Late Night Big Breakfast has produced some of the funniest and most bizarre New Zealand television this year. The quality should come as no surprise given the talented team behind it. Leigh Hart and Jeremy Wells have already established themselves as television funny men of note with their past efforts. For my money though, the breakout star of Late Night Big Breakfast is Jason Hoyte.
Hoyte’s comedic roots trace back to legendary absurdist comedy duo Sugar and Spice. Winners of the 1998 Billy T Award and revered by the nations fanciers of weirdness, Sugar and Spice disbanded in 2001, but Hoyte continued to lurk around our entertainment industry, doing stints on various New Zealand shows, most notably some excellent work on Danny Mulheron’s Seven Periods with Mr Gormsby.
At some point in the mid-00s Hoyte joined the Moon TV team. Immediately adding his lusty baritone to some voice-over sequences, as well as taking a leadership role in Speedo Cop Division as Chief Inspector Reeves.
One of my favourite recurring Moon TV sketches followed a team of Doctors. What began as a fairly straight forward medical drama piss-take, evolved from season to season into some of New Zealand’s most bizarre and inspired television comedy. “Doctors” became “Sea Doctors”, where the medical melodrama took place almost exclusively on a Kelly Tarlton’s travelator, until they were shut down for running an after hours fish and chip shop. This revelation led them to rebranding as “Ice Doctors”, at which point they didn’t seem to have any patients and were simply a group of doctors dramatically managing an ice rink.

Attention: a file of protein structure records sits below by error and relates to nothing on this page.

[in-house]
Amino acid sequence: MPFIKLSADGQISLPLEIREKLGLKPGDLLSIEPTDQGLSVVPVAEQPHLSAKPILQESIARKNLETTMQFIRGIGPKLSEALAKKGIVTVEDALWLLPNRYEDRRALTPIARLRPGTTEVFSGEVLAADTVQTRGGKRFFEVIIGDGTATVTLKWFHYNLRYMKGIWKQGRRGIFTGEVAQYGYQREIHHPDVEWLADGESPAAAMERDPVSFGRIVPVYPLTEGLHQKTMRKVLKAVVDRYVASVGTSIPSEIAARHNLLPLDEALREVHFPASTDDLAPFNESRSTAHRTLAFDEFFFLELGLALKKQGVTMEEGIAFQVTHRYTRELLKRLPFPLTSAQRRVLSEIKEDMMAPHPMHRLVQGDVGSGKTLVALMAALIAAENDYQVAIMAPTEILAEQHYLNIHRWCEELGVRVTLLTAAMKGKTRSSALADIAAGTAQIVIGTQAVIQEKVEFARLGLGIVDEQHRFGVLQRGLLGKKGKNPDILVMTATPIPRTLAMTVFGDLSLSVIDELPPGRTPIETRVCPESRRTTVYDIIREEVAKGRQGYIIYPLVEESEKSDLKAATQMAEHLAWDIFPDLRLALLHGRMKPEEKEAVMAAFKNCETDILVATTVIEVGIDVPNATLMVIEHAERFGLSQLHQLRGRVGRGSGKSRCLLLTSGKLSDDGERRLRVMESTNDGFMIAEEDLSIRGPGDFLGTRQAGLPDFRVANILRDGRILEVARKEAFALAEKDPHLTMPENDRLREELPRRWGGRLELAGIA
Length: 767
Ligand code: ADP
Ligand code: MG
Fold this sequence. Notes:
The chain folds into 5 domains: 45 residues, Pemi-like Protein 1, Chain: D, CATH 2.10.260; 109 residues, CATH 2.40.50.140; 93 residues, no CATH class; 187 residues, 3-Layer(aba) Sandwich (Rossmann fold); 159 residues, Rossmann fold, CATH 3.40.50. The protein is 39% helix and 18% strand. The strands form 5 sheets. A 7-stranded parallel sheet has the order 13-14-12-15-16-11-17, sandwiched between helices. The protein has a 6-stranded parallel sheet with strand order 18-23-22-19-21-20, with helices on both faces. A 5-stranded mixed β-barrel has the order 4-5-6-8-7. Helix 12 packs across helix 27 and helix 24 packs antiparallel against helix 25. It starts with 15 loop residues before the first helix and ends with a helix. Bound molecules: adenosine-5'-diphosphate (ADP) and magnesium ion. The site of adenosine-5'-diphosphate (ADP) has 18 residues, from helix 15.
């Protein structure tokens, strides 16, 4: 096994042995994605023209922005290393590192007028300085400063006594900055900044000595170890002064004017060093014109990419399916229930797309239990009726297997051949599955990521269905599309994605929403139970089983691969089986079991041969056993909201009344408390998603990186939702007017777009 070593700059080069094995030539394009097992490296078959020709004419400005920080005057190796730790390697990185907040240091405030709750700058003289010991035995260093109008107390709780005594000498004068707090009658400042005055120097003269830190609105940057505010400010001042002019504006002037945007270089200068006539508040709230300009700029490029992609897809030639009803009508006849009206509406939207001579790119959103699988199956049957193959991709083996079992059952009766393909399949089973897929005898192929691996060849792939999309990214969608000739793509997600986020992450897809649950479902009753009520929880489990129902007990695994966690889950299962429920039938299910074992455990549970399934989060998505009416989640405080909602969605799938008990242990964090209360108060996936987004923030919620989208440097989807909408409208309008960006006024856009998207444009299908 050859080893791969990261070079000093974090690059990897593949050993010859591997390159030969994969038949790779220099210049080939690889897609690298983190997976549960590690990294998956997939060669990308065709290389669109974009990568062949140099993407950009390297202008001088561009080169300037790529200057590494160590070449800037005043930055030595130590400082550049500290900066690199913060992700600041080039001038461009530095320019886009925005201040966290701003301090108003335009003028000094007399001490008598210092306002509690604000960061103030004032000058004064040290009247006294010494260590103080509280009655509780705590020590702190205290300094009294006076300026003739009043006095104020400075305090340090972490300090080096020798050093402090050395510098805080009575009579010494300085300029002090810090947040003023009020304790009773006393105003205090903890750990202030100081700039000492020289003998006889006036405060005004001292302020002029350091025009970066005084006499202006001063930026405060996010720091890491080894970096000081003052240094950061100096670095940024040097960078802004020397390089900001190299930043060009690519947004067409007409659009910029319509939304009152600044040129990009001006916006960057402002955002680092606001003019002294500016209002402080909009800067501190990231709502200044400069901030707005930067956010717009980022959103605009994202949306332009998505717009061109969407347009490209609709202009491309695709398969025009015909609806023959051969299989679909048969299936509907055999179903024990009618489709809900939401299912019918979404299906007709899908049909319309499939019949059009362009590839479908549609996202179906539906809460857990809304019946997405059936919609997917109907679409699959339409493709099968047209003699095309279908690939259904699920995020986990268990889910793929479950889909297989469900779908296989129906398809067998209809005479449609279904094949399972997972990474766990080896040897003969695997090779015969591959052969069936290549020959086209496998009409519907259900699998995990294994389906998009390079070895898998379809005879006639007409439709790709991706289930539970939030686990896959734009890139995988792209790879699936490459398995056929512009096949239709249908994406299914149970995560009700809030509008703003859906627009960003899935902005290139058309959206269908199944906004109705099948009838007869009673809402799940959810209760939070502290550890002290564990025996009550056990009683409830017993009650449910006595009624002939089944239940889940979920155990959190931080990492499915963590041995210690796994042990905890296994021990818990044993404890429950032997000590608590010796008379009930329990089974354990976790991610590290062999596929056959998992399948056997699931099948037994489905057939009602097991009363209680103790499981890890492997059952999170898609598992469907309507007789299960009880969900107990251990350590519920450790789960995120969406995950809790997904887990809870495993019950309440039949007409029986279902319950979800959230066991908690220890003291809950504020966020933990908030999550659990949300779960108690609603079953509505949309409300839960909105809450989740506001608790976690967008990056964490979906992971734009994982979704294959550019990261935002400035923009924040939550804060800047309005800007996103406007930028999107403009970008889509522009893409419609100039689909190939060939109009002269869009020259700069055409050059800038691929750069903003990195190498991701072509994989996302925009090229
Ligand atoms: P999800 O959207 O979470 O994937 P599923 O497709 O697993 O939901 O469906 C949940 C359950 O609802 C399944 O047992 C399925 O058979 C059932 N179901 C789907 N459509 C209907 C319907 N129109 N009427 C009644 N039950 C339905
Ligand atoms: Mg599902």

Enter Jason Hoyte as the flamboyantly dressed and ludicrously accented Ritt Parker, a wonky corporate villain who sold the ice rink and promptly bought a failing Indian restaurant (turning the team into “Naan Doctors”). At this point the segment had amassed a hilarious and absurdly named ensemble, including: Dr. Bojangles, Dr. Butterchiken and nurses Waverwee, Bernaise, and Rachel McKenna; and had become one of the all-time great New Zealand sketches.
Hoyte is particularly brilliant in these pieces, with his overblown delivery and moments of off-kilter physical comedy (I’m thinking of his ungainly ice-skating and voracious butter chicken consumption) as well as his continuity be damned eye-patch work. The Doctors segments were made all the more surreal by the fact that Jason Hoyte was simultaneously doing stints on Shortland Street as John Grainger, the slimy CEO of a dodgy pharmaceutical company.
In his work on the inaugural season of Late Night Big Breakfast, has deployed a number of comedic tricks. Occasionally unleashing random outbursts of an entirely inappropriate aggression- his “FUCK!” at the very notion of having to cook a quiche lorraine in a Masterchef parody segment was a series highlight. And joining the likes of Zach Galiafinakis and Schmidt from New Girl in the pantheon of top-level word mispronouncers. But for the most part, what I love so much about Hoyte’s performances are how realistic they are.
Jason Hoyte, in his work on Late Night Big Breakfast as well as Radio Hauraki’s equally inspired (and excellently named) Sports Bhuja, has discovered that the best way in which to satirise the already-cartoonish blather that makes up so much ‘magazine television’ and ‘hot-take radio’ is to simply hold up a mirror to it. Hoyte’s performances are so authentic, they’re barely parody at all. Hoyte delivers his infomercial segments with such a credible, buffoonish sincerity, that it’s not hard to imagine him moonlighting as a presenter on the real Good Morning.
His character is so convincing that any divergence into more surreal terrain is rendered all the more hilarious, be it through a violent outburst or by simply furrowing his brow, turning his head and issuing forth an impotent smile as though the format’s vapid emptiness has expanded to include the entirety of the presenter’s skull. It’s great stuff.
Late Night Big Breakfast feels to me like a star-turn for Jason Hoyte, and with his Sugar and Spice co-hort Jonny Brugh making all kinds of waves here and abroad in Taika Waititi’s latest effort, What We Do in the Shadows, it feels like we could be in the midst of a Sugar and Spice renaissance.
The final episode of Late Night Big Breakfast screens on TV One at 10.20pm tonight.